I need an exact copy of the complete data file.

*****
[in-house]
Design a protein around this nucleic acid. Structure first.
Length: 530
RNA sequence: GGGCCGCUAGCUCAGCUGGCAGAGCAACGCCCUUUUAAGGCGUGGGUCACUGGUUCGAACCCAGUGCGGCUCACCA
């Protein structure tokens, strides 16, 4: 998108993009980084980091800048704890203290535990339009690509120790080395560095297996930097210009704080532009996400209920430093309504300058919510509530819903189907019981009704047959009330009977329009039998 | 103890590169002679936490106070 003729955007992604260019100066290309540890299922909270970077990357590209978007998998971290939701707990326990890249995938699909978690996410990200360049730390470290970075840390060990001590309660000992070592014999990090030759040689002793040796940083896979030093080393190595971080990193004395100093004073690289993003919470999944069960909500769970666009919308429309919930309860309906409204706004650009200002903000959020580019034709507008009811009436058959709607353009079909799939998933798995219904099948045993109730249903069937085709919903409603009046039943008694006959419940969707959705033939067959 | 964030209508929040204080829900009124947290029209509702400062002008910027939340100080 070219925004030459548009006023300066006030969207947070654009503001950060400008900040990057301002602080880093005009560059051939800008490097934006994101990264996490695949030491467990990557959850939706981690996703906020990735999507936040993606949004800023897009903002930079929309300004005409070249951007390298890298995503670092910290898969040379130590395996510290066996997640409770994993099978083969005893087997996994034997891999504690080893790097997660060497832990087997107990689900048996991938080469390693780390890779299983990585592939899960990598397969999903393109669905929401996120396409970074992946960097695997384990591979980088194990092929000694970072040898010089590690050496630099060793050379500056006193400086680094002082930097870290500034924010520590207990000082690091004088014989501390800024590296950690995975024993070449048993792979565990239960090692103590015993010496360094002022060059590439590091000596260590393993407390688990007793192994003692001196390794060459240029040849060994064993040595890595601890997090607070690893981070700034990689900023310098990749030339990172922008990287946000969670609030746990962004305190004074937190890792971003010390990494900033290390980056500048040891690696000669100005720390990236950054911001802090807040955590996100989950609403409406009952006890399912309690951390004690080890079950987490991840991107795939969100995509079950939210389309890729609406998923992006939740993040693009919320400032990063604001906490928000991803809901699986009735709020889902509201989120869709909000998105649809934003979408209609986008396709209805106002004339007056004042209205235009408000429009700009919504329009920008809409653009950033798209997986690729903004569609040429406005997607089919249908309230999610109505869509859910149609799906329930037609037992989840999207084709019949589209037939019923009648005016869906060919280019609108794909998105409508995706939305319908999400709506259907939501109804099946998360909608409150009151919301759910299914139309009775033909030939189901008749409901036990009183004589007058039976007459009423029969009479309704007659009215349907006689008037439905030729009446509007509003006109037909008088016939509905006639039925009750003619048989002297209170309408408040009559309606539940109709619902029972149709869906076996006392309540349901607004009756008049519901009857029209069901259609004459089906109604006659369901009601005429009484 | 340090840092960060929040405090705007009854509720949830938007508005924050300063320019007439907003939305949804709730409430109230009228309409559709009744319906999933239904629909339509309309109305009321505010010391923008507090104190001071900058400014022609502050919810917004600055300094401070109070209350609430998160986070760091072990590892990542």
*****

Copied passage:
[in-house]
Design a protein around this nucleic acid. Structure first.
Length: 530
RNA sequence: GGGCCGCUAGCUCAGCUGGCAGAGCAACGCCCUUUUAAGGCGUGGGUCACUGGUUCGAACCCAGUGCGGCUCACCA
């Protein structure tokens, strides 16, 4: 998108993009980084980091800048704890203290535990339009690509120790080395560095297996930097210009704080532009996400209920430093309504300058919510509530819903189907019981009704047959009330009977329009039998 | 103890590169002679936490106070 003729955007992604260019100066290309540890299922909270970077990357590209978007998998971290939701707990326990890249995938699909978690996410990200360049730390470290970075840390060990001590309660000992070592014999990090030759040689002793040796940083896979030093080393190595971080990193004395100093004073690289993003919470999944069960909500769970666009919308429309919930309860309906409204706004650009200002903000959020580019034709507008009811009436058959709607353009079909799939998933798995219904099948045993109730249903069937085709919903409603009046039943008694006959419940969707959705033939067959 | 964030209508929040204080829900009124947290029209509702400062002008910027939340100080 070219925004030459548009006023300066006030969207947070654009503001950060400008900040990057301002602080880093005009560059051939800008490097934006994101990264996490695949030491467990990557959850939706981690996703906020990735999507936040993606949004800023897009903002930079929309300004005409070249951007390298890298995503670092910290898969040379130590395996510290066996997640409770994993099978083969005893087997996994034997891999504690080893790097997660060497832990087997107990689900048996991938080469390693780390890779299983990585592939899960990598397969999903393109669905929401996120396409970074992946960097695997384990591979980088194990092929000694970072040898010089590690050496630099060793050379500056006193400086680094002082930097870290500034924010520590207990000082690091004088014989501390800024590296950690995975024993070449048993792979565990239960090692103590015993010496360094002022060059590439590091000596260590393993407390688990007793192994003692001196390794060459240029040849060994064993040595890595601890997090607070690893981070700034990689900023310098990749030339990172922008990287946000969670609030746990962004305190004074937190890792971003010390990494900033290390980056500048040891690696000669100005720390990236950054911001802090807040955590996100989950609403409406009952006890399912309690951390004690080890079950987490991840991107795939969100995509079950939210389309890729609406998923992006939740993040693009919320400032990063604001906490928000991803809901699986009735709020889902509201989120869709909000998105649809934003979408209609986008396709209805106002004339007056004042209205235009408000429009700009919504329009920008809409653009950033798209997986690729903004569609040429406005997607089919249908309230999610109505869509859910149609799906329930037609037992989840999207084709019949589209037939019923009648005016869906060919280019609108794909998105409508995706939305319908999400709506259907939501109804099946998360909608409150009151919301759910299914139309009775033909030939189901008749409901036990009183004589007058039976007459009423029969009479309704007659009215349907006689008037439905030729009446509007509003006109037909008088016939509905006639039925009750003619048989002297209170309408408040009559309606539940109709619902029972149709869906076996006392309540349901607004009756008049519901009857029209069901259609004459089906109604006659369901009601005429009484 | 340090840092960060929040405090705007009854509720949830938007508005924050300063320019007439907003939305949804709730409430109230009228309409559709009744319906999933239904629909339509309309109305009321505010010391923008507090104190001071900058400014022609502050919810917004600055300094401070109070209350609430998160986070760091072990590892990542």